In March last year, the US bailout invested $350 billion in a fiscal stimulus fund for state and local governments. Lately, ARPA only seems to get media attention when the center-left complains that it has funded tax cuts or triggered inflation. Critics who say it was over the top complain that it was “fighting the last war” – which ARPA overtook in its attempt to avoid the austerity of the Great Recession.
But ARPA is unrivaled in recent history as a flexible and open public funding program. A multi-purpose fund available to tens of thousands of governments nationwide, ARPA is the largest large-scale aid transfer in 50 years since the general revenue-sharing program President Nixon signed into law in 1972, which ended in 1986. ARPA is also larger than its $150 billion. predecessor, the CARES Act Coronavirus Relief Fund, which only went to state governments, cities and larger counties. This makes it a wealth of information for researchers studying public investment.
Amanda Kass, associate director of the Government Finance Research Center at the University of Illinois at Chicago, and Philip Rocco, a political scientist at Marquette University, broke down local government spending. The Perspective interviewed the researchers about their findings as part of our Twitter Spaces series. Audio is embedded below.
More Prospect Podcasts
Breaking the popular belief that ARPA money was sprayed indiscriminately, Kass and Rocco find that more than half of what was delivered to state and local governments has yet to be spent. Unspent money does not imply wasteful money – it may indicate a lack of administrative capacity, manpower, shortage of materials, or simply caution about spending money over a time horizon. four years. Of the money that was spent, some went to specific priorities like repairing lead pipes, while a large majority of small governments spent the money to replace lost revenue.
A frequent criticism of this recent revival of fiscal federalism is that it just gave Republican lawmakers like Ron DeSantis a cushion to pass tax cuts. The governor of Florida used about $200 million in federal aid to pay for the gas tax suspension. Still, this gas tax was planned, and DeSantis likely would have enacted tax cuts anyway in an election year, making ARPA’s fiscal stimulus fund especially important to prop up a state. -unhealthy providence.
“By focusing on tax cuts, you miss the flexibility of what it allows governments to do that isn’t tax cuts. A more narrowly tailored rule would have made it more difficult,” Rocco said. Also, he added, programs with stricter rules have been proposed and failed.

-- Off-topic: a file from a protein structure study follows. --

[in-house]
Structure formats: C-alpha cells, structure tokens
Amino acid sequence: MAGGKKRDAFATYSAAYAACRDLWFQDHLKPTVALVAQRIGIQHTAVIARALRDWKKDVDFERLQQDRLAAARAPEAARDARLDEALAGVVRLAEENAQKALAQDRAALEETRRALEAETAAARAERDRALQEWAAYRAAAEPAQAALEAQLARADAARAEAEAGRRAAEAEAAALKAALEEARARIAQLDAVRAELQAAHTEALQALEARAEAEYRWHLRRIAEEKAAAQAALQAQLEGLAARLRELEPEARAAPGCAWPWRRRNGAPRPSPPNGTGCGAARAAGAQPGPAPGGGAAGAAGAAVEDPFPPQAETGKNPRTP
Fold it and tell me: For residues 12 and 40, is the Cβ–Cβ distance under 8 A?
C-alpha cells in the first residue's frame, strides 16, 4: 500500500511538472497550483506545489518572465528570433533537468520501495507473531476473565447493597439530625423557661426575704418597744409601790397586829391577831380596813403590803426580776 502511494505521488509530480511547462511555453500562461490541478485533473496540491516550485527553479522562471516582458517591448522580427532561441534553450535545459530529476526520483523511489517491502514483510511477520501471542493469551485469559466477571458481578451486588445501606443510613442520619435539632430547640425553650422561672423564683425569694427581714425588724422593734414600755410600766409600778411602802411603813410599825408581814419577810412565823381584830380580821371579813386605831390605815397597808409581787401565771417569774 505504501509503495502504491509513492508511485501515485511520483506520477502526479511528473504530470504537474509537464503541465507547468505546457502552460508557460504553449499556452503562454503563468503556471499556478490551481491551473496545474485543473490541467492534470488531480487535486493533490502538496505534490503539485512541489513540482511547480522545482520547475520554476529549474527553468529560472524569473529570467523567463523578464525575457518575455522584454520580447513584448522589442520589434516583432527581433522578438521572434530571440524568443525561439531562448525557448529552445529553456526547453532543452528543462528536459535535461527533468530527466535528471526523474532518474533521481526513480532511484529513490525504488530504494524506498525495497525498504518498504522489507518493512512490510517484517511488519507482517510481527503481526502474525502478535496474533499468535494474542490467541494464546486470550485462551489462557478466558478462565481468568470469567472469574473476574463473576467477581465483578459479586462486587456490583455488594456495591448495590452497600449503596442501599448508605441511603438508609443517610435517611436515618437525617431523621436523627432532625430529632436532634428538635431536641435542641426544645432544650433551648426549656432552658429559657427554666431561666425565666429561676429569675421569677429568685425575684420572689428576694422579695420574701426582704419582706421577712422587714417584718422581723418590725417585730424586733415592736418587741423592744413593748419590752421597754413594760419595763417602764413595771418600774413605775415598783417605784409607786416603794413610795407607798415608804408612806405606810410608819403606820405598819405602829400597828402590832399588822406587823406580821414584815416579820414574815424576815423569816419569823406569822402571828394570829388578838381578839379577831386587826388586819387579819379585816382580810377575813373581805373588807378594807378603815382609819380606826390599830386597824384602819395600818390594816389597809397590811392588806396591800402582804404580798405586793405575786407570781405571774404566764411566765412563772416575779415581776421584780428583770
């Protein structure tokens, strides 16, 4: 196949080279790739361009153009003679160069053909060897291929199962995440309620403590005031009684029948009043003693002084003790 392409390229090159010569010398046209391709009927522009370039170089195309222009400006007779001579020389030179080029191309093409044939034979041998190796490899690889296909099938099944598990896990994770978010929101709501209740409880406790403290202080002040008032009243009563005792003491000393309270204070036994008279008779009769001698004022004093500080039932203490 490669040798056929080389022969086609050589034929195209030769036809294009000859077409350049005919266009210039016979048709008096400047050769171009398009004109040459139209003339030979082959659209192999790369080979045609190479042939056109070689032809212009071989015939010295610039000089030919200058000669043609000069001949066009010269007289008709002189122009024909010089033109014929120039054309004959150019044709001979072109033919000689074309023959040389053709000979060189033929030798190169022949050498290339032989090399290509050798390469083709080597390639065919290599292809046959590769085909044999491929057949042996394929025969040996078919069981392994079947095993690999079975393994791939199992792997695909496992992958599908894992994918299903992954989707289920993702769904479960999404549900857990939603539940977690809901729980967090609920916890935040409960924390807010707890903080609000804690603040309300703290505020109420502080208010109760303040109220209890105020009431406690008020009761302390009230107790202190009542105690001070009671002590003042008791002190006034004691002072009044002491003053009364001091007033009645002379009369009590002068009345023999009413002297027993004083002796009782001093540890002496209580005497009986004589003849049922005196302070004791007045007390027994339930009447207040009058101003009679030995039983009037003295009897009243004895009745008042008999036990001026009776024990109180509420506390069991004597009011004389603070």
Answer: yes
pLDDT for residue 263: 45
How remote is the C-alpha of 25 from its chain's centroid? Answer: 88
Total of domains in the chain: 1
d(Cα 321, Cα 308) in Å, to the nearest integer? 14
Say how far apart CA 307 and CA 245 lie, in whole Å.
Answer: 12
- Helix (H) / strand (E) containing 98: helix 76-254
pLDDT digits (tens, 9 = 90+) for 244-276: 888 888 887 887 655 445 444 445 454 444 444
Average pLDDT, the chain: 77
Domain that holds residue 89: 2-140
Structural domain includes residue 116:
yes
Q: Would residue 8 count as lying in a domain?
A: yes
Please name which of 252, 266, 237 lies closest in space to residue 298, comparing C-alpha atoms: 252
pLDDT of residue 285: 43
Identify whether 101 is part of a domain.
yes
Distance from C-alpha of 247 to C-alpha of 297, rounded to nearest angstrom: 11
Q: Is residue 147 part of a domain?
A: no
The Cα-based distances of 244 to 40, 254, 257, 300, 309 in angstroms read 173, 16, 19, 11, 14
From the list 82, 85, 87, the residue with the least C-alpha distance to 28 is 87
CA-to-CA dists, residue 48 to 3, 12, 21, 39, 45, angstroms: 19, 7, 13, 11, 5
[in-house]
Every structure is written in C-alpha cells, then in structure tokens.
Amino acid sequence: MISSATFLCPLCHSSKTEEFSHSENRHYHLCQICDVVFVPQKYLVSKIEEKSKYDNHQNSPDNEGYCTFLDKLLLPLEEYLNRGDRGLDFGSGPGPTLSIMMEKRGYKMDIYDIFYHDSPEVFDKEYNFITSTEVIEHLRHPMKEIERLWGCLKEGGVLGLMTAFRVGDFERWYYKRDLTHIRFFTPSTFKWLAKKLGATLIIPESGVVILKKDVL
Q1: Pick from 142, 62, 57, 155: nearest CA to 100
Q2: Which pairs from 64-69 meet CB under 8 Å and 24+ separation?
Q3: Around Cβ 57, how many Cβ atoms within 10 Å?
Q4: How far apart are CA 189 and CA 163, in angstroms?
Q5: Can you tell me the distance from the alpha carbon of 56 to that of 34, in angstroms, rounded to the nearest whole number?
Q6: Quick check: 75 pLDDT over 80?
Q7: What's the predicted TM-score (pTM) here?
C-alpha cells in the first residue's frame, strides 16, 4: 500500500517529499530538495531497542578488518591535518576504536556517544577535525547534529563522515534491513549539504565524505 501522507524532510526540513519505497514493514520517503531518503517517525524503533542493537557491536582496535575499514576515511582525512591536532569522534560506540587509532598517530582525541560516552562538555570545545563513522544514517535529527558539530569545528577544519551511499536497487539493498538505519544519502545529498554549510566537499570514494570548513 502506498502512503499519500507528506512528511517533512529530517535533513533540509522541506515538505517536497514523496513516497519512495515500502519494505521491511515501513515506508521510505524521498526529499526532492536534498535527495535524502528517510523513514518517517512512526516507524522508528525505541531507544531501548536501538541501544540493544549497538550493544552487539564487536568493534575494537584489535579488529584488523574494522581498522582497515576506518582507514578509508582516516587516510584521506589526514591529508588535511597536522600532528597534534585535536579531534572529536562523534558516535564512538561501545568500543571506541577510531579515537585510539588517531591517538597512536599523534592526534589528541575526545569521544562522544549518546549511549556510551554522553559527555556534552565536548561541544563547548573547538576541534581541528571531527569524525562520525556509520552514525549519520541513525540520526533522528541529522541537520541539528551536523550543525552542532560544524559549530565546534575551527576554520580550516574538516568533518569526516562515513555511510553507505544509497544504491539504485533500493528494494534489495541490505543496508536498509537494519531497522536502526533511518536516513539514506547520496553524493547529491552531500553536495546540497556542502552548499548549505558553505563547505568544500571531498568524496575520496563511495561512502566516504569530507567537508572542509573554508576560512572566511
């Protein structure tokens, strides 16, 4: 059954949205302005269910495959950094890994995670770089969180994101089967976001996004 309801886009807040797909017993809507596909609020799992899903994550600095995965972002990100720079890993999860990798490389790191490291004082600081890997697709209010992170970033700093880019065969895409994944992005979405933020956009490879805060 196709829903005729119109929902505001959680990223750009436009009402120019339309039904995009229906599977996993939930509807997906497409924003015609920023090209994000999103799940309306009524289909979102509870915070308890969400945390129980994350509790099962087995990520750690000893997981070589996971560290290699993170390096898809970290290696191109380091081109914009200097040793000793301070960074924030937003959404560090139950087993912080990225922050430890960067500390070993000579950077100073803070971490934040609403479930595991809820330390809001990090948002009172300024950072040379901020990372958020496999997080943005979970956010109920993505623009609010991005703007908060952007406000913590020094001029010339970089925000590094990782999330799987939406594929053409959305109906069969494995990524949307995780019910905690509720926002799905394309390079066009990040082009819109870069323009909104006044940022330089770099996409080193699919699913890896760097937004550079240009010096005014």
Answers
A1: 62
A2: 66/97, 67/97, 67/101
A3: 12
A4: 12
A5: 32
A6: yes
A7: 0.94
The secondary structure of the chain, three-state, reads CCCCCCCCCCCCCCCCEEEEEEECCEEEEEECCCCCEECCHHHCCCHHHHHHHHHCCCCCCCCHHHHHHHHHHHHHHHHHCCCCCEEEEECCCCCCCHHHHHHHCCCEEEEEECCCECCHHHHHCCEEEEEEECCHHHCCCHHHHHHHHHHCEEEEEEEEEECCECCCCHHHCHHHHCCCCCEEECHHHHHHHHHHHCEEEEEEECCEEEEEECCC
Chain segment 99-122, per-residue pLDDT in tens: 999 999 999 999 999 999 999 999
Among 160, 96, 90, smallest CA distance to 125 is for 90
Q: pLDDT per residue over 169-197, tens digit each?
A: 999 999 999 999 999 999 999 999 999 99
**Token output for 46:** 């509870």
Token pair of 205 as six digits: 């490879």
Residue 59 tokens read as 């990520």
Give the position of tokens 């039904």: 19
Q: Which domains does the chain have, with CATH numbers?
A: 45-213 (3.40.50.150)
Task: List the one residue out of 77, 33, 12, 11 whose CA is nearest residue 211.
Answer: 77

“The idea that you were going to put a program into ARPA that had 10 or 12 narrow categorical goals that was going to satisfy those coalitions seems naïve, when the request from the 7 major state and local government associations was for flexible aid” , did he declare. said. Yet the misuse of federal funds is a problem. Some states are using the money to repay their unemployment insurance trust funds, which they borrowed from the government to fund before. It’s the most devious debt cancellation in history – and also a tax cut for businesses, because otherwise they would be paying to replenish unemployment coffers.
Most small governments use all their ARPA money for revenue replacement, Rocco and Kass found. This use is intentional: the Treasury has allowed governments to claim up to $10 million in lost revenue due to the pandemic without having to prove that figure. In its guidelines, the Treasury has even encouraged local governments to use this standard allocation, as it is the least administratively burdensome way to use the money.
While the flexibility is great for understaffed local governments, it also means that if states and cities are doing new and interesting things with their revenue replacement money, it’s usually not reported at the project level. , so it won’t show up in the data. . This creates what political scientist Suzanne Mettler has called in other contexts a “submerged state”.
In general, ARPA has gone unnoticed, it does not even have a logo. Obama’s American Recovery and Reinvestment Act (ARRA) of 2009 had at least one symbol, which you can still see on buses. But ARPA’s poor readability has made it harder for the Biden administration to recoup its political investment.
“One of the challenges the Biden administration might have is telling a big story,” Rocco said. That said, “it’s not like the flexibility of reporting requirements prevents the Treasury from doing a little more research on local budgets. Look, just because they don’t report this stuff doesn’t mean you can’t go down and recover data.
“What is the political victory lap you want to achieve with this program? Do you want it to be infrastructure? About the COVID-19 response? To support decimated local governments? Kass said. “There is not a single political story to be told from the program.”
Listen to David Dayen and Lee Harris’ conversation with Philip Rocco and Amanda Kass by clicking on the links below: